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Home Getting Started Breaking Down The CPF Investment Scheme: Part 3

Breaking Down The CPF Investment Scheme: Part 3

This article is the third part of a four-part series on options for investing your CPF money. You can check out Parts 1 and 2 here and here.

In 2019, 22% of Singaporeans who made use of the CPF Investment Scheme ended up with less than or just equal to the risk-free rate of 2.5% provided by the CPF Ordinary Account.

Even more worrying is the fact that nearly one-third made losses on their investments.

Added together, more than half of those who invested their CPF funds did worse than those who just left it idle in their Ordinary Accounts.

The statistics are not promising.

But with more Singaporeans taking the bold step of managing their own CPF money, it is vital that we educate ourselves on all the investment options available to us.

The last thing we want is to take active steps to manage our CPF but end up earning less than if we did nothing.

Or worse still, end up losing our hard-earned money.

The first two parts of this series looked at government bonds, annuities, investment-linked products and unit trusts.

In this article, we will focus on another two available options: endowment policies and exchange-traded funds.

Endowment policies

An endowment policy is a life insurance contract that pays a lump sum at the end of a predefined period or upon death.

These contracts usually include a smaller insurance component than traditional insurance plans.

The remaining part of the premium goes to investments.

However, it is important to note that, unlike regular savings deposits, the cash returned upon maturity of the contract may occasionally be less than the amount you have paid.

This is because the insurance component of the payment is treated as an expense while the investment component is subject to investment risk (i.e. its value can fluctuate).

Some insurers may promise either a 3% or 4% annualised return upon maturity, but investors should note that these are based on projections.

Investors who sign up for these policies should monitor the performance of the investment component to have a better grasp of how much you will be paid when the policy matures.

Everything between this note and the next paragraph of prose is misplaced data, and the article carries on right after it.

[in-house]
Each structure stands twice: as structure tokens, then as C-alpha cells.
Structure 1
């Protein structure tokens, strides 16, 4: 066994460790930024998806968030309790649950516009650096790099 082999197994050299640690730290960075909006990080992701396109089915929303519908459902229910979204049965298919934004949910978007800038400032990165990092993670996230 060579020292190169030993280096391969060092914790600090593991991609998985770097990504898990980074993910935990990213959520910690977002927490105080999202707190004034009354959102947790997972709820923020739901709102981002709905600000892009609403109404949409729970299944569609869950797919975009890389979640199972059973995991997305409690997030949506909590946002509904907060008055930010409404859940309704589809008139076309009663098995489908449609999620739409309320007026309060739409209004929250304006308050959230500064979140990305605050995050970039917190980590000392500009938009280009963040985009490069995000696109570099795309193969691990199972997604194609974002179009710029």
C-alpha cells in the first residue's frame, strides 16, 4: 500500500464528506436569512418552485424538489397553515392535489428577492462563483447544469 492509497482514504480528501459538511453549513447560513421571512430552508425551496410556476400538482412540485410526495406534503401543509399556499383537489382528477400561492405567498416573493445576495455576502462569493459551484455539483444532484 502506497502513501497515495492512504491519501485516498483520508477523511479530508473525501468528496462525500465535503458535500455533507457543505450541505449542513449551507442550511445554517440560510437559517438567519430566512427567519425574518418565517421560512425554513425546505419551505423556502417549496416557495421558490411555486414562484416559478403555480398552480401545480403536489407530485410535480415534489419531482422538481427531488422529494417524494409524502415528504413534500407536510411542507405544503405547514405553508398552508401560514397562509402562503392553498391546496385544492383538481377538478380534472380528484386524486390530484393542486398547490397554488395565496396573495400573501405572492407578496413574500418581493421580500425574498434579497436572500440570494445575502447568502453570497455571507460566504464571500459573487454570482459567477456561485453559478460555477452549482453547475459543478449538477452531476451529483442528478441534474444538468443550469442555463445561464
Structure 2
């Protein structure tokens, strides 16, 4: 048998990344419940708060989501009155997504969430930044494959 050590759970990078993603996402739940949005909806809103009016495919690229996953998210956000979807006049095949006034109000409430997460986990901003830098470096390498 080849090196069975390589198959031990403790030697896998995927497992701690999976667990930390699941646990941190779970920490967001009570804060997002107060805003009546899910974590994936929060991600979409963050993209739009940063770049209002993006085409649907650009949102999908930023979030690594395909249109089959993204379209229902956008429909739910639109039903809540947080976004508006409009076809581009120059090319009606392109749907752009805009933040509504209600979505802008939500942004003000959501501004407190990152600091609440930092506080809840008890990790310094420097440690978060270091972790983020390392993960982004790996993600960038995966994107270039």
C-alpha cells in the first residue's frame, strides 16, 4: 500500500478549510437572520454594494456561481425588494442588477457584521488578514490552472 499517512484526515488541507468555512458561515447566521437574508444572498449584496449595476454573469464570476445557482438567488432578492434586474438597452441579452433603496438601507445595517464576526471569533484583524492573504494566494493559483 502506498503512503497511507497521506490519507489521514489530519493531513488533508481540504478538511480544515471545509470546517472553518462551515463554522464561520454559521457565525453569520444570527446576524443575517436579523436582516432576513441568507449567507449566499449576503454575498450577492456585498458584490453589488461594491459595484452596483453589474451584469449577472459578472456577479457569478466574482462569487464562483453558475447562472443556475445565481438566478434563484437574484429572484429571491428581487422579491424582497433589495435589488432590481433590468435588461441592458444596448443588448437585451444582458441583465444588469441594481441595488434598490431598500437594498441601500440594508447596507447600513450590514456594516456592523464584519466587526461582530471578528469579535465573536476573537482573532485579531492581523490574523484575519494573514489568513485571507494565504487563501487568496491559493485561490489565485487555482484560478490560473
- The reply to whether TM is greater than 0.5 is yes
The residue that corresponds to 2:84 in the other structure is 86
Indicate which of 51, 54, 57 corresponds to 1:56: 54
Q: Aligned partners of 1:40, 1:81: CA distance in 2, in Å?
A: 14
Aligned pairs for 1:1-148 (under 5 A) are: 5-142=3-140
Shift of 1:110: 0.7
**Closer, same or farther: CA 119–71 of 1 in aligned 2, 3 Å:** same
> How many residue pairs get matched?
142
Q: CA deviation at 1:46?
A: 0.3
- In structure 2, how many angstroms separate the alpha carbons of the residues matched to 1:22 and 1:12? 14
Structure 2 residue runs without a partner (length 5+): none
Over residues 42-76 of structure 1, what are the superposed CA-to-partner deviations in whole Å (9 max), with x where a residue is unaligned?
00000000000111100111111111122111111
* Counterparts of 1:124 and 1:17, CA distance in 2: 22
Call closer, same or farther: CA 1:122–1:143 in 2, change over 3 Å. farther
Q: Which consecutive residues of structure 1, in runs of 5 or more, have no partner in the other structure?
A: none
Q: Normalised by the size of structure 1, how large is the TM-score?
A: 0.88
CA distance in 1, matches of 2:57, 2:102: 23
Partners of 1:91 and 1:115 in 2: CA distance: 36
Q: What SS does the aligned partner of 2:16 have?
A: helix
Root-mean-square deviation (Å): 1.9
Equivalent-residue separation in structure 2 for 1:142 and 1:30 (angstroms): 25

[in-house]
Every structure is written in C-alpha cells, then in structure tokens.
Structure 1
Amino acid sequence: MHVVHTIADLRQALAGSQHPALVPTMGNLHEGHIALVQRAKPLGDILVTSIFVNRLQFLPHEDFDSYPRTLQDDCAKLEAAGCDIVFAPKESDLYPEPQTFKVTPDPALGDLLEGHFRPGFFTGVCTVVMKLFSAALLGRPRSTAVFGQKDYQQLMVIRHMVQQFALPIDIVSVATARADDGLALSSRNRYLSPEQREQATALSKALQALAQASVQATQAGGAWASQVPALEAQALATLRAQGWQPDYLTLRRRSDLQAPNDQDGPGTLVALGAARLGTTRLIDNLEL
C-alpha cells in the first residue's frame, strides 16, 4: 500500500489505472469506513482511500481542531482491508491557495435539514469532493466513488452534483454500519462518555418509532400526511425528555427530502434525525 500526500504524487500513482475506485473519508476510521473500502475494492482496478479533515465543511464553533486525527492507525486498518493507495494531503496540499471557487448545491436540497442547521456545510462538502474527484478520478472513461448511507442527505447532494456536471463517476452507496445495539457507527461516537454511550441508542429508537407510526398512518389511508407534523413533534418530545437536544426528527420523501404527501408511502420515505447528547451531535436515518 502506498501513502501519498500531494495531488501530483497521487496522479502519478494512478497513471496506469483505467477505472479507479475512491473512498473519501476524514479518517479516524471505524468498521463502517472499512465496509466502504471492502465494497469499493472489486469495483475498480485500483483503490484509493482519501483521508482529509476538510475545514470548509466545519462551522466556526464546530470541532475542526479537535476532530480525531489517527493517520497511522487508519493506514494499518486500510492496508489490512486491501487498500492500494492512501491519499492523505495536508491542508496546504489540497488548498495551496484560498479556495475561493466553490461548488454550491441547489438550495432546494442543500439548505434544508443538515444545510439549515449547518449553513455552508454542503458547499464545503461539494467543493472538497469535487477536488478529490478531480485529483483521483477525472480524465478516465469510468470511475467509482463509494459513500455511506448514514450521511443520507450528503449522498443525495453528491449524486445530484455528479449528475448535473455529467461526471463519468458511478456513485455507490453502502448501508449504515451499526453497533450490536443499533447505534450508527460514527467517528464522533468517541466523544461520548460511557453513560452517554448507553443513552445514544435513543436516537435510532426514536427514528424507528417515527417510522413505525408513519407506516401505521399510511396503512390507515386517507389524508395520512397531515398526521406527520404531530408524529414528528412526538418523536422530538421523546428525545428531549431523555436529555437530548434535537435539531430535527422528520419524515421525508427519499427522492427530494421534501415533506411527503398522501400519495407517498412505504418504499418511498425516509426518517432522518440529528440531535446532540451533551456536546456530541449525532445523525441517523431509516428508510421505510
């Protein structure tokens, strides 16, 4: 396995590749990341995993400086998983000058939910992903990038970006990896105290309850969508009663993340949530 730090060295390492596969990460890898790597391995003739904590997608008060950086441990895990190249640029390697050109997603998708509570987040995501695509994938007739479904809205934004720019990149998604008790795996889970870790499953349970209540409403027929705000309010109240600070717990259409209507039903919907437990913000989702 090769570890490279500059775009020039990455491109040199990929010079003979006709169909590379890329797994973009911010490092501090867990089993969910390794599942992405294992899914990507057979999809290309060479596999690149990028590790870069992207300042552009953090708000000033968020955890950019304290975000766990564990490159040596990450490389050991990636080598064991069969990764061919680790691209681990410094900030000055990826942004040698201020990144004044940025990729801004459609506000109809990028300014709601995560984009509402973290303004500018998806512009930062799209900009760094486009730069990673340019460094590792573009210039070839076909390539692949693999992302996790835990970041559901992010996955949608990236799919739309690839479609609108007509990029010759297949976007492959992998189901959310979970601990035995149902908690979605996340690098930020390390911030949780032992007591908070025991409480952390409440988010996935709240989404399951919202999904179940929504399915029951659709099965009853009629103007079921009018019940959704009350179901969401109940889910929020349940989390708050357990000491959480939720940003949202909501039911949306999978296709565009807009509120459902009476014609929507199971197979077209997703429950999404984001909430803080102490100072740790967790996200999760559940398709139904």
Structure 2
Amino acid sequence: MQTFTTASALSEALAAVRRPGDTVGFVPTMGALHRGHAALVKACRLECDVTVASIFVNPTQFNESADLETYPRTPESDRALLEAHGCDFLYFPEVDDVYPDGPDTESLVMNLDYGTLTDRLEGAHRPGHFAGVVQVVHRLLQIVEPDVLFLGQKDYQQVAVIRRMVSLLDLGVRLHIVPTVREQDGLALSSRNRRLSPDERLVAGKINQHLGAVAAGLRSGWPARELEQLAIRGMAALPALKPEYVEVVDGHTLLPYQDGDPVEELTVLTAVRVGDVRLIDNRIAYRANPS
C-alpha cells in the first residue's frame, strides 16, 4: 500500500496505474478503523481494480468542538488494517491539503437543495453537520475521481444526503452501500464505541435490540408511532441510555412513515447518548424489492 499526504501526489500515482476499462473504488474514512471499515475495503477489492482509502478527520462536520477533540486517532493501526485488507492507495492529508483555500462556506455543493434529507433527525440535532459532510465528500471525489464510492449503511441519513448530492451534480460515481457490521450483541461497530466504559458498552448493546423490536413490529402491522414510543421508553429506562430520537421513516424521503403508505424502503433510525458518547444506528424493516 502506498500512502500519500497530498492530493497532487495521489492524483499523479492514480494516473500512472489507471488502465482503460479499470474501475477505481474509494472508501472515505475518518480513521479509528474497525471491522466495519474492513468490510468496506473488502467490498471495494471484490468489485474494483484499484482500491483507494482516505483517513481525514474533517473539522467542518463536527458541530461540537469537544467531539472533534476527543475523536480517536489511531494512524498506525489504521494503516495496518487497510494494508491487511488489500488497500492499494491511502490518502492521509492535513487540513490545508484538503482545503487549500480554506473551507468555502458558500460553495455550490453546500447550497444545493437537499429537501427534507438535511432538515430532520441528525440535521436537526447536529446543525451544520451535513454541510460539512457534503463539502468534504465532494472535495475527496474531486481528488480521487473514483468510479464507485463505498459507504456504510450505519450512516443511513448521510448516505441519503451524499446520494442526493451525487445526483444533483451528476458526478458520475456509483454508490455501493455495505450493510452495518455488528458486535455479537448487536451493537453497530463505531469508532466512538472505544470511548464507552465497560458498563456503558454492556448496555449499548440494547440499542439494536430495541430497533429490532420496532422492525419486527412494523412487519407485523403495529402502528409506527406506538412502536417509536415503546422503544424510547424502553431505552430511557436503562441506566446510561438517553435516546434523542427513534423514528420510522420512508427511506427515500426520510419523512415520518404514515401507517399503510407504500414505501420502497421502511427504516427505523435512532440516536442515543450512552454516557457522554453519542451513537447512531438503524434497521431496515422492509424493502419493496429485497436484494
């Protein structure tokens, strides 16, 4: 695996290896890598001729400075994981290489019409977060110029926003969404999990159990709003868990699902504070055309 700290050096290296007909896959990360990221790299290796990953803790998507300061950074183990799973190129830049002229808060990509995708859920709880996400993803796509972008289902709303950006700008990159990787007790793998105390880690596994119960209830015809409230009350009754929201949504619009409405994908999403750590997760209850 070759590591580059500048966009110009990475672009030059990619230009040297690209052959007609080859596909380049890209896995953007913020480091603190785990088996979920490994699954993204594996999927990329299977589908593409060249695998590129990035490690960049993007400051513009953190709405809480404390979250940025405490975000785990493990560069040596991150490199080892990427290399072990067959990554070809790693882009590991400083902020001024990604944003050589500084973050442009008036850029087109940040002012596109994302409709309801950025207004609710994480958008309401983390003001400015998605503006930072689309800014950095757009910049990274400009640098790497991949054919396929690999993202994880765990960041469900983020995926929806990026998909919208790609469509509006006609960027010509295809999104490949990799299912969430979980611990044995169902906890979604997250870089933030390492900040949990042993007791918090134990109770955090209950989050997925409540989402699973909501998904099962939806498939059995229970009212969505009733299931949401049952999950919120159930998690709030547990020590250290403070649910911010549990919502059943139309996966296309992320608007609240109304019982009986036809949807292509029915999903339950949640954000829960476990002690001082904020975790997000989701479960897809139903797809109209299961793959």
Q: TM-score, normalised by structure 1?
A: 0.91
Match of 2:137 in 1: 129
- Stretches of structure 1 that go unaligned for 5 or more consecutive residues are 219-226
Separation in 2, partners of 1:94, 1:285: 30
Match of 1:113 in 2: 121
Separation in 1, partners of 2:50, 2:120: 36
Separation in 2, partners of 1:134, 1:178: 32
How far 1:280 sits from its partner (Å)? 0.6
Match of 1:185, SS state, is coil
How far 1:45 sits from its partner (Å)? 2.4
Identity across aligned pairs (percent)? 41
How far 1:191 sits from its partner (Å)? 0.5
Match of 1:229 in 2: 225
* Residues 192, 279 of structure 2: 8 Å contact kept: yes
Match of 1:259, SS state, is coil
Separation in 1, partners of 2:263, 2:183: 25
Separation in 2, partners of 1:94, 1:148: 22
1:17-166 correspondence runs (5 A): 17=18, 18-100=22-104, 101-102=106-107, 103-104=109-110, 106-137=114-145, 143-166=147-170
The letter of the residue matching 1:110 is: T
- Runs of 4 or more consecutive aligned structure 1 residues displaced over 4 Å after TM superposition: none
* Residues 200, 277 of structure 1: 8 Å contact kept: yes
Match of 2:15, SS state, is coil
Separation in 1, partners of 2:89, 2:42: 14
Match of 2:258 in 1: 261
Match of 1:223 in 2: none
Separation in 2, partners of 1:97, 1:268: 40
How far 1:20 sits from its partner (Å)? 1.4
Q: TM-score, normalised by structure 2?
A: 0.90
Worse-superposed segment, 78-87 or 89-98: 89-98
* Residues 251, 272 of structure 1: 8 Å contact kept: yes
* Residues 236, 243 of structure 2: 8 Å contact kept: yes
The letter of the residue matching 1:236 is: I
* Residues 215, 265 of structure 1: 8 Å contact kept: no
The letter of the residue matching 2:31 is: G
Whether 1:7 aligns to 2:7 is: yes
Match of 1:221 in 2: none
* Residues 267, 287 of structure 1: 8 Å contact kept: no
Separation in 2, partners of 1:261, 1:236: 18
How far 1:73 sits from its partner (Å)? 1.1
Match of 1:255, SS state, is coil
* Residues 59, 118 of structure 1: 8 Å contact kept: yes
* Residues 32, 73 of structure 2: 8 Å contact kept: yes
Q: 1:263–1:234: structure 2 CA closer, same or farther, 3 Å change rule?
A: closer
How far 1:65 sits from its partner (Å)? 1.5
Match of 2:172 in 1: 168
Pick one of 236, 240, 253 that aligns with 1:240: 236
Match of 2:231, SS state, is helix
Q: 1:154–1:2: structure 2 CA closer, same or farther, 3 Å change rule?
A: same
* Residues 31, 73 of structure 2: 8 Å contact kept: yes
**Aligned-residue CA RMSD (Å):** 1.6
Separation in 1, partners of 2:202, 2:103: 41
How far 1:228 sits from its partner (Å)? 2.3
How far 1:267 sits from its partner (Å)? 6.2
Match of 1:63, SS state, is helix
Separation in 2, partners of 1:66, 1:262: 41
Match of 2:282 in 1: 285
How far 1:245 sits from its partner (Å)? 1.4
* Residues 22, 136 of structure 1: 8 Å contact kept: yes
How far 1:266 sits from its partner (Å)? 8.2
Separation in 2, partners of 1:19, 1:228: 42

Exchange-traded funds (ETFs)

The CPF Investment Scheme in Singapore also gives investors the option to invest in different exchange-traded funds (ETF), which range from bond ETFs to ETFs that track the performance of gold.

Bond ETFs tracks the performance of high-quality bonds issued by the Singapore government and quasi-government entities.

This type of investment is usually considered low risk. However, it typically comes with low returns as well.

The performance of the bond fund is also dependent on external stimuli such as interest rate changes.

Also available are two ETFs that track the performance of the Straits Times Index (SGX: ^STI). An index ETF provides investors with an option to diversify their portfolio with lower management fees compared to traditional unit trusts.

Lastly, the gold ETF tracks the performance of bullion gold. Gold is considered inflation-proof and theoretically allows investors to store their wealth better than cash.

Get Smart: Selecting from a wide range of options

Investors hoping to achieve better returns than the “risk-free” rate of 2.5% provided in the CPF Ordinary Account should familiarise themselves with all the investment options available to them through the CPF Investment Scheme.

In my final article, I will have a look at the last two investment options – CPFIS-approved Singapore stocks and property funds.

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Disclaimer: Royston Yang does not own any of the stocks mentioned.